Beaver v. Kirkegard et al

Filing 7

ORDER ADOPTING FINDINGS AND RECOMMENDATIONS 6 in full. A certificate of appealability is DENIED. Signed by Judge Brian Morris on 5/11/2017. Mailed to Beaver. (TAG)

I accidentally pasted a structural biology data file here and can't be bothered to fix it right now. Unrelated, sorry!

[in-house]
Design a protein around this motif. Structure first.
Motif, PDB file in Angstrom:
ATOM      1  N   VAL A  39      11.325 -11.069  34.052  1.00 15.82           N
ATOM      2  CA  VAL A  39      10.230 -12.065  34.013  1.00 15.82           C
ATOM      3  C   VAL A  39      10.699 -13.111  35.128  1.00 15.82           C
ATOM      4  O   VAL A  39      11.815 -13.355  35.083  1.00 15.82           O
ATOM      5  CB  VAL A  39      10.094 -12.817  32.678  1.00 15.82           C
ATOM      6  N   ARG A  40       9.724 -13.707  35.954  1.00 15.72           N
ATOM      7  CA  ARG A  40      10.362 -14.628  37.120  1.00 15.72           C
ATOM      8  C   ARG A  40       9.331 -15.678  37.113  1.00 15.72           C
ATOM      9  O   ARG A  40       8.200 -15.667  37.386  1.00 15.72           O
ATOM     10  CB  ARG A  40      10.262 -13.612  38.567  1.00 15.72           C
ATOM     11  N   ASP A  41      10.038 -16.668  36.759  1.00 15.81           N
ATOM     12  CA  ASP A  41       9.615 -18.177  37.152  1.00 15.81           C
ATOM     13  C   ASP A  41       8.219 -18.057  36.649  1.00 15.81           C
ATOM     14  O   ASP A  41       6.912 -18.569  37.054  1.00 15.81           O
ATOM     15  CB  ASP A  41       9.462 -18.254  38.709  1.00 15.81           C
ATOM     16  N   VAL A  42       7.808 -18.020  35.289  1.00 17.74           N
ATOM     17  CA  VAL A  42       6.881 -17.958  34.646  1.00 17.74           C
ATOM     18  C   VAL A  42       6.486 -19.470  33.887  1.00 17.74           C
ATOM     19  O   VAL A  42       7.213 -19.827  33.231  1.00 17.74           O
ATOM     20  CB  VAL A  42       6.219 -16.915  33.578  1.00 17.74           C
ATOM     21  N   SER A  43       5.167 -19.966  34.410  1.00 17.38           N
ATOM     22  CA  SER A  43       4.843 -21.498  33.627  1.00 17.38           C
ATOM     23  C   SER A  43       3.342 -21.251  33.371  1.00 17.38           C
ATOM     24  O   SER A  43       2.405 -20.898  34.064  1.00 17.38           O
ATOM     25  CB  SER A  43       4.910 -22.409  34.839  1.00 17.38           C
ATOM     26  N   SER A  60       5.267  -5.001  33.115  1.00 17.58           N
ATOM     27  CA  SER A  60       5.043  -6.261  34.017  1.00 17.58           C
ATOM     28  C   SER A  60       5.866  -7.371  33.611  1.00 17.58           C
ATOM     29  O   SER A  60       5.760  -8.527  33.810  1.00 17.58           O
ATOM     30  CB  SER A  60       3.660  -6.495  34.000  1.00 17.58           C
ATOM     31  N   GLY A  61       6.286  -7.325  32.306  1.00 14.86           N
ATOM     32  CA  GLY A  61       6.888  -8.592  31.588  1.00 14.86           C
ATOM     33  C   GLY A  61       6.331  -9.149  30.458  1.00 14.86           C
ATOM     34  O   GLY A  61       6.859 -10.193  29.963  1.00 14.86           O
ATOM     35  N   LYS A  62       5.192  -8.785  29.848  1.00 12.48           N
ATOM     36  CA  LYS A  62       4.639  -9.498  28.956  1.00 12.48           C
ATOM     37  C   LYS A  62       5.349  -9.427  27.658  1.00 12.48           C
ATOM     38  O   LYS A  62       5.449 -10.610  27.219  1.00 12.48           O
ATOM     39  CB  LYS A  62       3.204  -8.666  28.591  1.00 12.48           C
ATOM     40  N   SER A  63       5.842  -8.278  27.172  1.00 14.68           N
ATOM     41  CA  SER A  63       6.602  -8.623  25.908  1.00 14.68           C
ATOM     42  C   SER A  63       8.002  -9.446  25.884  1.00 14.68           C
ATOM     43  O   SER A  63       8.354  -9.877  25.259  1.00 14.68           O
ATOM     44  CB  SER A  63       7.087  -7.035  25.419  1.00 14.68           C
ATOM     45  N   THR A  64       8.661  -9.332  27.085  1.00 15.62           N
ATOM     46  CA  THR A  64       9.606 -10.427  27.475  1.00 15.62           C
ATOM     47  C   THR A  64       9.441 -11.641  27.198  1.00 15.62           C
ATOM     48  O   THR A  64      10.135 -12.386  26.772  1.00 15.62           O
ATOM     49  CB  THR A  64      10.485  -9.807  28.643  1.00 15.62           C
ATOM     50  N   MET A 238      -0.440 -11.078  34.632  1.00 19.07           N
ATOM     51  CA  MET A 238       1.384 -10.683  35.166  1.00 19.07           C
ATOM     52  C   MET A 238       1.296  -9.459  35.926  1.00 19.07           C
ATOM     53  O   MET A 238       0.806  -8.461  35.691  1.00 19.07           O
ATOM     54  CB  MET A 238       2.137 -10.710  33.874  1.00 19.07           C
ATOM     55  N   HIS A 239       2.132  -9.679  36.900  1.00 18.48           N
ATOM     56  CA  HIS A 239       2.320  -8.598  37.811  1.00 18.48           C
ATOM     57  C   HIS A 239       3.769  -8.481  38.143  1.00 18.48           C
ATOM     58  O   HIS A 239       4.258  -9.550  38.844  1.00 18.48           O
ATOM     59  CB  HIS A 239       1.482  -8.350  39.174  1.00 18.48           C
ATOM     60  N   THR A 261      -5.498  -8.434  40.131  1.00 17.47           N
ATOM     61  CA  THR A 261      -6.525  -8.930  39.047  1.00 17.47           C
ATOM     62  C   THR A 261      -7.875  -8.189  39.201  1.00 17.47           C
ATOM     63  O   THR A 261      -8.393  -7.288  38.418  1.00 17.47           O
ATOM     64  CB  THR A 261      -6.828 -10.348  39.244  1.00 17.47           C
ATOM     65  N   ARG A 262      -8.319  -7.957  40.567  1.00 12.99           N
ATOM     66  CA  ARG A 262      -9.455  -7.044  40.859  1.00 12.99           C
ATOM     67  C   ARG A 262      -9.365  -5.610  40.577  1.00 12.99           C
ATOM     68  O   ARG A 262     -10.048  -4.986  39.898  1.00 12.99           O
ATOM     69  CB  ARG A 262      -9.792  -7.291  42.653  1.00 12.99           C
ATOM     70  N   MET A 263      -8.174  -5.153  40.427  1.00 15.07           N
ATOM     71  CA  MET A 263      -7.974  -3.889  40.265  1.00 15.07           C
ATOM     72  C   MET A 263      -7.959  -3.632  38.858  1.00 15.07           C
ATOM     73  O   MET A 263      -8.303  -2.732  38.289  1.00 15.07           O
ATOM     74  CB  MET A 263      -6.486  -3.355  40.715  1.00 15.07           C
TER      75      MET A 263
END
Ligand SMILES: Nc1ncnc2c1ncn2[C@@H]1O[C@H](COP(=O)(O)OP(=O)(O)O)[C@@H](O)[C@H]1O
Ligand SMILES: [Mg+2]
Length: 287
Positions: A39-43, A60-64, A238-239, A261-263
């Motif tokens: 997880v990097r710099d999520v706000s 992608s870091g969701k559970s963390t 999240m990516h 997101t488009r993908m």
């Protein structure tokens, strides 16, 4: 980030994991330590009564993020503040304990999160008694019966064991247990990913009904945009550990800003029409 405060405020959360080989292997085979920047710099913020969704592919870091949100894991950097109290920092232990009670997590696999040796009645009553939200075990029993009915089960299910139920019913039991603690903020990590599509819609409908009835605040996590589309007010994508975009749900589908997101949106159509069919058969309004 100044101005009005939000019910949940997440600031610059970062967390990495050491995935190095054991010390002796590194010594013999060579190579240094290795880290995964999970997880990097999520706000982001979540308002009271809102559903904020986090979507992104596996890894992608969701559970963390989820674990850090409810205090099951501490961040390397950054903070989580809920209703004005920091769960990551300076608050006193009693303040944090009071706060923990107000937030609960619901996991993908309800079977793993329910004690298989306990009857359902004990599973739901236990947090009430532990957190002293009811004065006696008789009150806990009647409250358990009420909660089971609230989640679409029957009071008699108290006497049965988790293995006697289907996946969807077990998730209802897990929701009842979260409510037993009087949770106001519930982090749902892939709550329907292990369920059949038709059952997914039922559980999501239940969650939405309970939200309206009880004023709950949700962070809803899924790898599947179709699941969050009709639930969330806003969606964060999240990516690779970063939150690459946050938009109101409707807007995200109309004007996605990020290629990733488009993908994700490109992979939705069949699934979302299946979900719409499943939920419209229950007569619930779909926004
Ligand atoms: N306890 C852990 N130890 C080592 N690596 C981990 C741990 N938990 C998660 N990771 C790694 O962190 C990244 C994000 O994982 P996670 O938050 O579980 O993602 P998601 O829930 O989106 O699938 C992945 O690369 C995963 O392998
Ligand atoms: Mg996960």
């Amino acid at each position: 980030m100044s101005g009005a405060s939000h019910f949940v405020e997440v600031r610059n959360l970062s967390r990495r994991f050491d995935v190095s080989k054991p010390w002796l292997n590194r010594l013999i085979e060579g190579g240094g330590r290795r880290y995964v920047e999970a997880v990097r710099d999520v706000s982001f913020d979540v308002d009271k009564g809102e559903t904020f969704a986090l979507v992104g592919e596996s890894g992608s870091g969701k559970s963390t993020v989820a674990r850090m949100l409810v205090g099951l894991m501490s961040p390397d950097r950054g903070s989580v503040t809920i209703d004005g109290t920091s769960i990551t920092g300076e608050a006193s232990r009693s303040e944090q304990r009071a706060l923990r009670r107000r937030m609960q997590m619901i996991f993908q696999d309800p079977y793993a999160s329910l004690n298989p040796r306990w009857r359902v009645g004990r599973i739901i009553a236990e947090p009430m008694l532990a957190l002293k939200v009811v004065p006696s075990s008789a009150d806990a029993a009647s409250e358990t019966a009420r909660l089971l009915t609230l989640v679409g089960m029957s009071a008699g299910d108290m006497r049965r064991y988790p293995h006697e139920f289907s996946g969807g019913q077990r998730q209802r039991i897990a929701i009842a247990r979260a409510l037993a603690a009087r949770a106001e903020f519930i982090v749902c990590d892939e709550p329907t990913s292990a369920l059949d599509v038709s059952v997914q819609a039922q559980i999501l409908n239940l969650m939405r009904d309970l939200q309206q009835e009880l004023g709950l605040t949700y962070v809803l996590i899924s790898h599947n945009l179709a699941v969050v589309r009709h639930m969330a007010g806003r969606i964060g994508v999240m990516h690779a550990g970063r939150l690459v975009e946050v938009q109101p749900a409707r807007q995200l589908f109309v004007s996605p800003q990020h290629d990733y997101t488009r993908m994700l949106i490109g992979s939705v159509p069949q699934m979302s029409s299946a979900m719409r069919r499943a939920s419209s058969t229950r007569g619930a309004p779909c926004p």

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IN THE UNITED STATES DISTRICT COURT FOR THE DISTRICT OF MONTANA GREAT FALLS DIVISION JEFFREY D. BEAVER, CV-17-36-GF-BMM-JTJ Petitioner, vs. ORDER ADOPTING FINDINGS AND RECOMMENDATIONS LEROY KIRKEGARD; TIM FOX, ATTORNEY GENERAL OF THE STATE OF MONTANA; and THE MONTANA DEPARTMENT OF CORRECTIONS, Respondents. Petitioner Jeffrey Beaver filed a Petition for Writ of Habeas Corpus pro se alleging violations of his Fourth Amendment rights against unfair searches and seizures. (Doc. 2.) Beaver argues that the Montana Supreme Court incorrectly applied a legal standard when it denied his Fourth Amendment claim. Id. at 3–4. United States Magistrate Judge John Johnston entered Findings and Recommendations in this matter on April 25, 2017. (Doc. 6.) Neither party filed objections. 1 When a party makes no objections, the Court need not review de novo the proposed Findings and Recommendations. Thomas v. Arn, 474 U.S. 140, 149-52 (1986). This Court will review Judge Lynch’s Findings and Recommendations, however, for clear error. McDonnell Douglas Corp. v. Commodore Bus. Mach., Inc., 656 F.2d 1309, 1313 (9th Cir. 1981). Judge Johnston recommends that the Court deny habeas relief. (Doc. 6 at 9.) Judge Johnston notes that the United States Supreme Court in Stone v. Powell, 428 U.S. 465, 494, determined that “where the State has provided an opportunity for full and fair litigation of a Fourth Amendment claim, a state prisoner may not be granted federal habeas corpus relief on the ground that the evidence obtained in an unconstitutional search or seizure was introduced at his trial.” Judge Johnston reasons that this doctrine bars habeas relief in this instance in light of the extensive litigation of Beaver’s Fourth Amendment claim in various Montana courts. (Doc. 6 at 8.) Judge Johnston cites the Stone doctrine for the proposition that the Court must decline to weigh in on whether state courts correctly decided Beaver’s Fourth Amendment claim. Id. The Court can decide only whether the state court proceedings afforded Beaver an adequate opportunity for full and litigation of his claim. Id. Judge Johnston determined that Beaver has had three separate opportunities to litigate his Fourth Amendment claim in front of three separate 2 Montana courts. Id. at 7–8. Beaver argues the substance of the three state court denials of his claim, but he does not dispute the comprehensiveness of his proceedings in state courts. Id. at 8. Judge Johnston thus concludes that the Court cannot grant habeas relief to Beaver under the Stone doctrine. Judge Johnston further acknowledges that the Court should issue a certificate of appealability when a petitioner makes a “substantial showing of the denial of a constitutional right.” Id., citing 28 U.S.C. § 2253(c)(2). Judge Johnston clarifies that a petitioner makes a substantial showing when “jurists of reason could disagree with the district court’s resolution of [the] constitutional claims.” Doc. 6 at 8–9, citing Slack v. McDaniel, 529 U.S. 473, 484 (2000). Judge Johnston concludes that the Court should deny a certificate of appealability on the basis that no doubt exists “that Beaver had a full and fair opportunity to litigate his Fourth Amendment claim.” Doc. 6 at 9. The Court has reviewed Judge Johnston’s Findings and Recommendations for clear error. The Court finds no error in Judge Johnston’s Findings and Recommendations and adopts them in full. IT IS ORDERED that Judge Johnston’s Findings and Recommendations (Doc. 6), is ADOPTED IN FULL. IT IS FURTHER ORDERED that the Clerk of Court shall enter, by separate document, a judgment in favor of Respondents and against Petitioner. 3 IT IS ALSO ORDERED that a certificate of appealability is DENIED. DATED this 11th day of May, 2017. 4

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